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American Journalism Review
Over the Line  | American Journalism Review
 AJR  Columns :    BROADCAST VIEWS    
From AJR,   August/September 2007

Over the Line   

The questionable tactics of “To Catch a Predator”

By Deborah Potter
Deborah Potter ( is executive director of NewsLab, a broadcast training and research center, and a former network correspondent.     

The "To Catch a Predator" series on "Dateline NBC" has been a smash hit for the network's news division since it launched more than two years ago, drawing a substantial audience and public praise for bringing sex offenders to justice. But the program's tactics have always been controversial, and now they've landed NBC in court. The charge is breach of contract, but the complaint paints a picture of a program willing to cross ethical lines to win ratings.

Former "Dateline" producer Marsha Bartel, who worked at NBC for more than 20 years, was let go last December just a few months after being promoted to sole producer of the "Predator" series. Bartel says the company told her she was being dropped in a general round of layoffs. While there's no question that NBC has been downsizing, Bartel believes she was forced out because she complained to her supervisors that the "Predator" series repeatedly violated the standards of ethical journalism.

NBC has disclosed that it pays an advocacy group, Perverted Justice, to set up the "Predator" sting operations featured on 10 installments of "Dateline" so far. The group's volunteers pose as young teens in Internet chat rooms, looking for adults interested in having sex; when they arrange to meet, the network's hidden cameras are waiting.

NBC insists it's not paying for news, but Bartel's lawsuit alleges the payments violate the network's own standards against conflict of interest. "Contrary to NBC Policies and Guidelines, NBC unethically pays Perverted Justice to troll for and lure targets into its sting," the lawsuit says, "thereby giving it a financial incentive to lie and trick targets." Bartel says that targets sometimes are "led into additional acts of humiliation (such as being encouraged to remove their clothes) in order to enhance the comedic effect of the public exposure of these persons."

The program also works closely with police — too closely, according to Bartel. Her complaint says the network provides police with video equipment and tapes so they can record the arrests they make for NBC to air. She also alleges that NBC pays or reimburses law enforcement officials to participate in the stings "in order to enhance and intensify the dramatic effect of the show." Do these practices make the "Dateline" staff an arm of law enforcement or turn the police into journalists? Either way, they're a bad idea.

To be fair, reporters and editors enhance dramatic or comic elements of a news story all the time, by choosing what information to include and where to place it. But paying or tricking participants in a story to intensify the drama or comedy crosses the line. This isn't "Candid Camera." "Dateline" is supposed to be a news program.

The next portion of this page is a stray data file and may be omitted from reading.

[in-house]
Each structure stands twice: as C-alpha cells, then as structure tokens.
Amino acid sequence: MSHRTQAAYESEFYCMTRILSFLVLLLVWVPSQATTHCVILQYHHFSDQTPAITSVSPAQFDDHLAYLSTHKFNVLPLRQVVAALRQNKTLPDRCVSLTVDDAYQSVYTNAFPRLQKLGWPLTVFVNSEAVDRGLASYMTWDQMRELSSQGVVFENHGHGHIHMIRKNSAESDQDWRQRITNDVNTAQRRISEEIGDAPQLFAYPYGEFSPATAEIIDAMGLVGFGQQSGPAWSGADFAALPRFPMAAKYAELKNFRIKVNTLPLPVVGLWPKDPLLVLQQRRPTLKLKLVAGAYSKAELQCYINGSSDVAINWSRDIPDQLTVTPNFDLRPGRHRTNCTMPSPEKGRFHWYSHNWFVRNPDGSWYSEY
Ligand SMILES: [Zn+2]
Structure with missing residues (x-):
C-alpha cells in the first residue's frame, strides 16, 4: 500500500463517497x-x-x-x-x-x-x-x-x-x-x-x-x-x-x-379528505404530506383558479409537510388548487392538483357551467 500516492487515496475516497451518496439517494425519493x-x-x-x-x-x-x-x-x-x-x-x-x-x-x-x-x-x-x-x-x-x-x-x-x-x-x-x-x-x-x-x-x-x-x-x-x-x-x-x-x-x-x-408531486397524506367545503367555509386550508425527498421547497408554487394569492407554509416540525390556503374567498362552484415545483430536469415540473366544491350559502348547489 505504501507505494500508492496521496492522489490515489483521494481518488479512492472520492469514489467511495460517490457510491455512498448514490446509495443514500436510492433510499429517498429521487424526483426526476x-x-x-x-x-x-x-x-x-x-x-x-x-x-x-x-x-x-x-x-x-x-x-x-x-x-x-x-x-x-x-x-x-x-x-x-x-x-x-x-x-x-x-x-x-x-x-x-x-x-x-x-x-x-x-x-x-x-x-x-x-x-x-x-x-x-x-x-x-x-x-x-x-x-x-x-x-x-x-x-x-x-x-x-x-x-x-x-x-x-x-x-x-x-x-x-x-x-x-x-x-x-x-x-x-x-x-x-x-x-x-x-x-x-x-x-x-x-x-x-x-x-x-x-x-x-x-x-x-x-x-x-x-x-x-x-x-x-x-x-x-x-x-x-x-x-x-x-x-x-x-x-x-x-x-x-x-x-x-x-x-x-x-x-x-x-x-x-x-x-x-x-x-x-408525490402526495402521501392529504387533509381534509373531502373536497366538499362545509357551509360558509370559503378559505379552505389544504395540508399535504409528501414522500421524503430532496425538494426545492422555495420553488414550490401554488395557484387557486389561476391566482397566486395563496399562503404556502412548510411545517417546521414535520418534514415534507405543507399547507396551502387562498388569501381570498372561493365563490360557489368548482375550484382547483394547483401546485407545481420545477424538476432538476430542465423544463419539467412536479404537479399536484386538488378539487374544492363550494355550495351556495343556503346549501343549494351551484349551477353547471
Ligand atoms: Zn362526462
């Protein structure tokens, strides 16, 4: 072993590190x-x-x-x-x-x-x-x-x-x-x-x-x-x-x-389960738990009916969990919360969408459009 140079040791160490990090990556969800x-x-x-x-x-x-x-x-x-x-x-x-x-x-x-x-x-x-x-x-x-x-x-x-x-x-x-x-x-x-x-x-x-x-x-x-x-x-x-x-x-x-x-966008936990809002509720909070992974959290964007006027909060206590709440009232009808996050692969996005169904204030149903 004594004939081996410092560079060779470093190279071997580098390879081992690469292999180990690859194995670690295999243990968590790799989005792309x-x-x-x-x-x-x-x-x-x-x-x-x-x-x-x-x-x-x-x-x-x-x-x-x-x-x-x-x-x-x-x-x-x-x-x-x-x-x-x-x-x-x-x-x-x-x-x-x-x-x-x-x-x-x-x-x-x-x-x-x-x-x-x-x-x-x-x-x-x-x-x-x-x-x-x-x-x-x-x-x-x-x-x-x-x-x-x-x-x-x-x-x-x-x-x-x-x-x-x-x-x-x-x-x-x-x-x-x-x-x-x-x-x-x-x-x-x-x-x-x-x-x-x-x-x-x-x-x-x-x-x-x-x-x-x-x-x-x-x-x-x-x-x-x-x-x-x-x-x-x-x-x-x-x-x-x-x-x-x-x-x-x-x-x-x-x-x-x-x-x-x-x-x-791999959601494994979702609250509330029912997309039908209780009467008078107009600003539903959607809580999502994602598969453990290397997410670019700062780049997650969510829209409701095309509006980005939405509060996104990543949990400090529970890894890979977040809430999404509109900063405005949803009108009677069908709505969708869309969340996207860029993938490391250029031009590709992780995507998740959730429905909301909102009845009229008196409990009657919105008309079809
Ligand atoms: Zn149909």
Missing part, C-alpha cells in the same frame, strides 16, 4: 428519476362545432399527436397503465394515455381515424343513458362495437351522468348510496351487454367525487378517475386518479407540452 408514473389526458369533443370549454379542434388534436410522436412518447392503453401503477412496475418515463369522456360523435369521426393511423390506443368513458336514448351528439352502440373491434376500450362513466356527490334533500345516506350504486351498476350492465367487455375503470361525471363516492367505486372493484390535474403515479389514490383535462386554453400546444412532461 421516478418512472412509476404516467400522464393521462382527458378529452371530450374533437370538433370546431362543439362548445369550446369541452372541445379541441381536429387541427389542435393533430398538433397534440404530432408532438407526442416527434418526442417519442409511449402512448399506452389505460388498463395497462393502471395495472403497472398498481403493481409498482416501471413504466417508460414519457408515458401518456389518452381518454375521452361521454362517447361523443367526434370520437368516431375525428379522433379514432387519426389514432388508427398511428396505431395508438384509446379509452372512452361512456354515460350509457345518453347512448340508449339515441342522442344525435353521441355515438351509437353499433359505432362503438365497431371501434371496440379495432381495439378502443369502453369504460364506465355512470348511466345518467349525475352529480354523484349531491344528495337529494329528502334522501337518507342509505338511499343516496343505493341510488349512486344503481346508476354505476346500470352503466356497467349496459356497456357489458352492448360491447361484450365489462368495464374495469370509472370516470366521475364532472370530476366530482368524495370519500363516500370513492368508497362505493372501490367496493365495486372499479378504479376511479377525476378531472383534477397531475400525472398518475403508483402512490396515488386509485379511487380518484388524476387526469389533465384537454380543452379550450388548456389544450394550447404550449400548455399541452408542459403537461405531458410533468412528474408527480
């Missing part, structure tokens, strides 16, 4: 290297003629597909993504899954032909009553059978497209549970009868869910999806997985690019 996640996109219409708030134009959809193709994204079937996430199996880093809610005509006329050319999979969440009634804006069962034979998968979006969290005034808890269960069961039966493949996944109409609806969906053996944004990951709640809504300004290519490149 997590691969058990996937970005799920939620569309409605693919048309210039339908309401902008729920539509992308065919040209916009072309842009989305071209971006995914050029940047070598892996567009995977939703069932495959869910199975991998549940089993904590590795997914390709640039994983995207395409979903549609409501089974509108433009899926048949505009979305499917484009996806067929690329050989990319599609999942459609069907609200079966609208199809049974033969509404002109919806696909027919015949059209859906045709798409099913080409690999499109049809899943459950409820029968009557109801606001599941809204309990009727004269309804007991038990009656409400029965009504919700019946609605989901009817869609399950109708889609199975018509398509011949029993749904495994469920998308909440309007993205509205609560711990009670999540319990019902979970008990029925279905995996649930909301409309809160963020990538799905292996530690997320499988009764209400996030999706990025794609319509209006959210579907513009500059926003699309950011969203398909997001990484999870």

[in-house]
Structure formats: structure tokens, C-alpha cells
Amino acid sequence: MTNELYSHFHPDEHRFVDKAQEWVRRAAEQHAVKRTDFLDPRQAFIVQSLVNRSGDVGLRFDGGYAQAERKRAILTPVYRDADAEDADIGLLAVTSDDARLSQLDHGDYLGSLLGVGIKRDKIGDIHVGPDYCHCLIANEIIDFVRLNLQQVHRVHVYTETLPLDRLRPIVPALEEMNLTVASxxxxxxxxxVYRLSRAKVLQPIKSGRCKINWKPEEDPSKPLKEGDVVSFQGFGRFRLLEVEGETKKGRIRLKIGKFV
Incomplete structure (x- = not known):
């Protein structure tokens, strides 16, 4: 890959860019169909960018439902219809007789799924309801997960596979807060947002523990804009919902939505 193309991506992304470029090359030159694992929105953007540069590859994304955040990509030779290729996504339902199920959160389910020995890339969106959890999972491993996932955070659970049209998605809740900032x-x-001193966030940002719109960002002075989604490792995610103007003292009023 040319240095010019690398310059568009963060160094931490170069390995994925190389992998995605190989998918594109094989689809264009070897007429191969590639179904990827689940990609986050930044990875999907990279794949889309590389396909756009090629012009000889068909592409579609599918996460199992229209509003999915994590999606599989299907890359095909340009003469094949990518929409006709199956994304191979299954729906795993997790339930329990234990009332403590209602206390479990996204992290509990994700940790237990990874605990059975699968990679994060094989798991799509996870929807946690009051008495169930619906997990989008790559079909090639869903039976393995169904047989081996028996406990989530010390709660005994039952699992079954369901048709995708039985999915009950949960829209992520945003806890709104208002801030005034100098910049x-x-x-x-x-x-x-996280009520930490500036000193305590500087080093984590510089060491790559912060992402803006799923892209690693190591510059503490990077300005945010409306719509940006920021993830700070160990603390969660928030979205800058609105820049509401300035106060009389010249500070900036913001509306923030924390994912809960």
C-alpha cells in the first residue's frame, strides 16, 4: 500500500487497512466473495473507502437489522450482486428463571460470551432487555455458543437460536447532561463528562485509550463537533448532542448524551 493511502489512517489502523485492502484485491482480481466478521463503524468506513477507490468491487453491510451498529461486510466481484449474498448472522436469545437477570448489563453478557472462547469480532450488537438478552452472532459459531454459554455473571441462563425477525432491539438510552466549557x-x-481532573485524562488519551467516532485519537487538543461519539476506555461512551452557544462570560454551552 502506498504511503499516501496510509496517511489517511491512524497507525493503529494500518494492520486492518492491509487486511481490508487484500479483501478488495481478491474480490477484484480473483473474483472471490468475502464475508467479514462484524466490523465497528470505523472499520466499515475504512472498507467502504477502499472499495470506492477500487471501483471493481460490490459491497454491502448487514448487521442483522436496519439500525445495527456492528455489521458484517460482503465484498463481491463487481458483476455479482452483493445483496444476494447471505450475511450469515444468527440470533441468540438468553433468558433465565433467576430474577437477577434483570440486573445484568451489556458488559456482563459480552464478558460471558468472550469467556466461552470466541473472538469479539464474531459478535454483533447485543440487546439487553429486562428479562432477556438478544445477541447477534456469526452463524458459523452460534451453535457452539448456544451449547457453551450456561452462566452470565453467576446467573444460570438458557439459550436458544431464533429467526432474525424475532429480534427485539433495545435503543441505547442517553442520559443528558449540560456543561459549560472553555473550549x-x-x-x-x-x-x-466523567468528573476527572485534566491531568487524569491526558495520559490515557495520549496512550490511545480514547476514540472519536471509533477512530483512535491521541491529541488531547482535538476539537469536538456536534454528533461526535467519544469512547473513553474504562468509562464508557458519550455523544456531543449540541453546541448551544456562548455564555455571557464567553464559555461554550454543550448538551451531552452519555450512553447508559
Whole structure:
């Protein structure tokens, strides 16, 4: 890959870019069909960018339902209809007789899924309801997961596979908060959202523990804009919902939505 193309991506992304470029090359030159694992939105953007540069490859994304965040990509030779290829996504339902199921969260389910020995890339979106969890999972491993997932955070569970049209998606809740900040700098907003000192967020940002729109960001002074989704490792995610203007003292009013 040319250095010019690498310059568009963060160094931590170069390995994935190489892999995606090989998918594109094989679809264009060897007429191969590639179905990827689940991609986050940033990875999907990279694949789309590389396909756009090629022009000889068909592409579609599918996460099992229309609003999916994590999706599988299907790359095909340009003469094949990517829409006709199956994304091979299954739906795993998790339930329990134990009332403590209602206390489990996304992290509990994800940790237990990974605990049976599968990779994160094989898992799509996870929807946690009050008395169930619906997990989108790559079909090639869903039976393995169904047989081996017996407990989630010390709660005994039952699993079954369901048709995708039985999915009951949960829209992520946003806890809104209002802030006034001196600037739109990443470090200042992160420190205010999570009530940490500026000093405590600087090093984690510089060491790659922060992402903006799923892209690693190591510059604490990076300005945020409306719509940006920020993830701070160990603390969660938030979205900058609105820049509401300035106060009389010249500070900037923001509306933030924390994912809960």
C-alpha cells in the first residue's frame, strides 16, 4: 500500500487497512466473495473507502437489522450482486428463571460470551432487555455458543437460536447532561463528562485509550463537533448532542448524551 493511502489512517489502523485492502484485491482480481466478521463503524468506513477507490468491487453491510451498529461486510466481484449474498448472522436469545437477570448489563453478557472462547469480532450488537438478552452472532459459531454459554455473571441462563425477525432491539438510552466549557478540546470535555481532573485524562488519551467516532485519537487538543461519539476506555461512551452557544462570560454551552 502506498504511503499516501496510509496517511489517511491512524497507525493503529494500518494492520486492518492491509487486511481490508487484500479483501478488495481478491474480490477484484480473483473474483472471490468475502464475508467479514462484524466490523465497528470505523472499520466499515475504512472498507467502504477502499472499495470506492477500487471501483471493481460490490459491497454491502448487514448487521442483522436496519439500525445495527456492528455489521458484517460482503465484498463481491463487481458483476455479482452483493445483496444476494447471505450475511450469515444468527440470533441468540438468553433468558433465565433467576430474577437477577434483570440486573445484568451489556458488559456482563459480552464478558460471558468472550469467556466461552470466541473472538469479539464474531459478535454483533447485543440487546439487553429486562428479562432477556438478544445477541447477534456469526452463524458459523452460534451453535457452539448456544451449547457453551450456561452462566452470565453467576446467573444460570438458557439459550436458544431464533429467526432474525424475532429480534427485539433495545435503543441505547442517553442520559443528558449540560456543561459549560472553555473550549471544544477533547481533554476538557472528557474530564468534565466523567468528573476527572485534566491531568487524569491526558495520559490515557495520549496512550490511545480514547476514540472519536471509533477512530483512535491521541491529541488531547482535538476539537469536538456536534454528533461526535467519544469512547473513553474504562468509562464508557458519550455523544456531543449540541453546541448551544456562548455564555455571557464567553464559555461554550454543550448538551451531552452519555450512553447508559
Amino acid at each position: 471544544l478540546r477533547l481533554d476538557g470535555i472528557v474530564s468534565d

It's also true that undercover journalism is a noble tradition that has exposed serious wrongdoing in the past. "Dateline" itself has used hidden cameras to reveal fraud at car dealerships and child labor violations. But those stories had wide impact, and the video was necessary to prove the case. On that basis, "Predator" doesn't measure up.

"Predator" reporter and host Chris Hansen defends the program and its tactics. In promoting his new book based on the series, Hansen has bragged that of the more than 200 men charged in the investigations, only one has been found not guilty. "I's for the greater good," he told NPR's "Talk of the Nation." But some of the cases are not going to court. A Texas district attorney recently threw out 23 arrests from a "Dateline" sting as inadequate for prosecution. One sting target in Texas fatally shot himself last fall as officers forced their way into his house, while NBC cameras stood by outside.

Hansen says he doesn't feel responsible for the man's death, and he sees nothing wrong with paying Perverted Justice. He compares those payments to the contracts NBC signs with retired generals and FBI agents who comment on the news. But that's a stretch of Rose Mary Woods proportions. The generals aren't setting up wars for NBC to cover.

In a statement responding to Bartel's lawsuit, NBC says it has been transparent about its reporting methods. "Although the reports have been subject to some controversy, audience reaction has been overwhelmingly positive." That's great for NBC's bottom line, but it doesn't justify the way the program operates.

No one's suggesting that the would-be predators exposed by "Dateline" are anything other than scummy. But did the network really need to produce 10 programs to make that point over and over again? All the attention suggests the country is crawling with these creeps, but statistics don't support that. Besides, there are plenty of other worthwhile stories going begging for airtime while "Dateline" tracks perverts.

"Dateline" has done some excellent work; its documentary about a first-year schoolteacher in Atlanta won a Peabody award this year. It was compelling television, focusing on systemic problems that affect millions more children than Internet predators. But it wasn't sexy and aired just once, in August, when audiences are traditionally low.

Yes, viewers may prefer to watch "humilitainment" like "Predator" instead of a meaningful investigation. But that's no reason to let your news division produce it and pretend it's a documentary.



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